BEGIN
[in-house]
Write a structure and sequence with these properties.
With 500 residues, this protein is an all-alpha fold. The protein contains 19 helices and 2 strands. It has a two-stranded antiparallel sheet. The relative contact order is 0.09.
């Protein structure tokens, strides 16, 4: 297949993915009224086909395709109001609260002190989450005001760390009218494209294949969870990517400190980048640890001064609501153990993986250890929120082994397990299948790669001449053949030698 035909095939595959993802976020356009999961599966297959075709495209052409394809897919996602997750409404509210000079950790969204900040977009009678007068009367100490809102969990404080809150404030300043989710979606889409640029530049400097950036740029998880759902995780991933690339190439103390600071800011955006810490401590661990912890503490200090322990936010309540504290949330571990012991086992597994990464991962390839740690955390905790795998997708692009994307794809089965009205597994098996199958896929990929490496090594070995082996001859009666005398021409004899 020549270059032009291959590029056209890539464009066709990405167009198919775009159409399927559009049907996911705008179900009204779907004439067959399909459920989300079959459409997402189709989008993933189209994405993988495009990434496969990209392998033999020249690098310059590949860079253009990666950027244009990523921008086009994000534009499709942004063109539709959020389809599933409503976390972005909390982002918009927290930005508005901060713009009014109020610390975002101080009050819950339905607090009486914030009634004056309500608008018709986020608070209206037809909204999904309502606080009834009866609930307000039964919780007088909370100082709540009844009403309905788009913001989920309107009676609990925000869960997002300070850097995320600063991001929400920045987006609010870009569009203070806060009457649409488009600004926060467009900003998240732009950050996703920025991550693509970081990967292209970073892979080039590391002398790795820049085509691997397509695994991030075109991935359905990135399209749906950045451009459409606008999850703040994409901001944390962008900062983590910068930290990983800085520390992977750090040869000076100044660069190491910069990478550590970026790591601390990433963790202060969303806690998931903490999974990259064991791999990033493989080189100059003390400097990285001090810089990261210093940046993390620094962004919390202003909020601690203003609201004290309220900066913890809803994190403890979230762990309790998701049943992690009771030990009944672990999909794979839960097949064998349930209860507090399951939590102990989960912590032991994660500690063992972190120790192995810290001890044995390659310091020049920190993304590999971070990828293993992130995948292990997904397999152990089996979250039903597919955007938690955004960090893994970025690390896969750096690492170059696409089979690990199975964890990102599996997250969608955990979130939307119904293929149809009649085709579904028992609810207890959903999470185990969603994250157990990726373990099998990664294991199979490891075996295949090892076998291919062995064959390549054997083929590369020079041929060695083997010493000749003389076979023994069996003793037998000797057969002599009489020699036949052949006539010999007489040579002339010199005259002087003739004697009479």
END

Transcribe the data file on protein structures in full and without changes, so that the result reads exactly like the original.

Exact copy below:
[in-house]
Write a structure and sequence with these properties.
With 500 residues, this protein is an all-alpha fold. The protein contains 19 helices and 2 strands. It has a two-stranded antiparallel sheet. The relative contact order is 0.09.
């Protein structure tokens, strides 16, 4: 297949993915009224086909395709109001609260002190989450005001760390009218494209294949969870990517400190980048640890001064609501153990993986250890929120082994397990299948790669001449053949030698 035909095939595959993802976020356009999961599966297959075709495209052409394809897919996602997750409404509210000079950790969204900040977009009678007068009367100490809102969990404080809150404030300043989710979606889409640029530049400097950036740029998880759902995780991933690339190439103390600071800011955006810490401590661990912890503490200090322990936010309540504290949330571990012991086992597994990464991962390839740690955390905790795998997708692009994307794809089965009205597994098996199958896929990929490496090594070995082996001859009666005398021409004899 020549270059032009291959590029056209890539464009066709990405167009198919775009159409399927559009049907996911705008179900009204779907004439067959399909459920989300079959459409997402189709989008993933189209994405993988495009990434496969990209392998033999020249690098310059590949860079253009990666950027244009990523921008086009994000534009499709942004063109539709959020389809599933409503976390972005909390982002918009927290930005508005901060713009009014109020610390975002101080009050819950339905607090009486914030009634004056309500608008018709986020608070209206037809909204999904309502606080009834009866609930307000039964919780007088909370100082709540009844009403309905788009913001989920309107009676609990925000869960997002300070850097995320600063991001929400920045987006609010870009569009203070806060009457649409488009600004926060467009900003998240732009950050996703920025991550693509970081990967292209970073892979080039590391002398790795820049085509691997397509695994991030075109991935359905990135399209749906950045451009459409606008999850703040994409901001944390962008900062983590910068930290990983800085520390992977750090040869000076100044660069190491910069990478550590970026790591601390990433963790202060969303806690998931903490999974990259064991791999990033493989080189100059003390400097990285001090810089990261210093940046993390620094962004919390202003909020601690203003609201004290309220900066913890809803994190403890979230762990309790998701049943992690009771030990009944672990999909794979839960097949064998349930209860507090399951939590102990989960912590032991994660500690063992972190120790192995810290001890044995390659310091020049920190993304590999971070990828293993992130995948292990997904397999152990089996979250039903597919955007938690955004960090893994970025690390896969750096690492170059696409089979690990199975964890990102599996997250969608955990979130939307119904293929149809009649085709579904028992609810207890959903999470185990969603994250157990990726373990099998990664294991199979490891075996295949090892076998291919062995064959390549054997083929590369020079041929060695083997010493000749003389076979023994069996003793037998000797057969002599009489020699036949052949006539010999007489040579002339010199005259002087003739004697009479």